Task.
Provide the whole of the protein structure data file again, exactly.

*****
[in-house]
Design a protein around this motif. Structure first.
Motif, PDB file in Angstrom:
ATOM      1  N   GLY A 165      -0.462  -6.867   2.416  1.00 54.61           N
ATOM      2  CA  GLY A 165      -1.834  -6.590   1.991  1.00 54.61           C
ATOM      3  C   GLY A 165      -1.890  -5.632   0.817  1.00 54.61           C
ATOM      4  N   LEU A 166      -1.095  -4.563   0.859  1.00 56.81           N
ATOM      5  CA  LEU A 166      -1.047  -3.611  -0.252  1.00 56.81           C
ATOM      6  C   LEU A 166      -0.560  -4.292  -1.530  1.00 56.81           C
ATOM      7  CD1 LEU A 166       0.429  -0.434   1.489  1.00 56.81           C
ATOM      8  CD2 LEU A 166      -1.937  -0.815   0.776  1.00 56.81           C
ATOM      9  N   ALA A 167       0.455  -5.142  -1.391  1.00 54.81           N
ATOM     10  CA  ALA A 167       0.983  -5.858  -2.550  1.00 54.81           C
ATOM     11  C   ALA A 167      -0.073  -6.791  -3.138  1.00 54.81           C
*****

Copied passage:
[in-house]
Design a protein around this motif. Structure first.
Motif, PDB file in Angstrom:
ATOM      1  N   GLY A 165      -0.462  -6.867   2.416  1.00 54.61           N
ATOM      2  CA  GLY A 165      -1.834  -6.590   1.991  1.00 54.61           C
ATOM      3  C   GLY A 165      -1.890  -5.632   0.817  1.00 54.61           C
ATOM      4  N   LEU A 166      -1.095  -4.563   0.859  1.00 56.81           N
ATOM      5  CA  LEU A 166      -1.047  -3.611  -0.252  1.00 56.81           C
ATOM      6  C   LEU A 166      -0.560  -4.292  -1.530  1.00 56.81           C
ATOM      7  CD1 LEU A 166       0.429  -0.434   1.489  1.00 56.81           C
ATOM      8  CD2 LEU A 166      -1.937  -0.815   0.776  1.00 56.81           C
ATOM      9  N   ALA A 167       0.455  -5.142  -1.391  1.00 54.81           N
ATOM     10  CA  ALA A 167       0.983  -5.858  -2.550  1.00 54.81           C
ATOM     11  C   ALA A 167      -0.073  -6.791  -3.138  1.00 54.81           C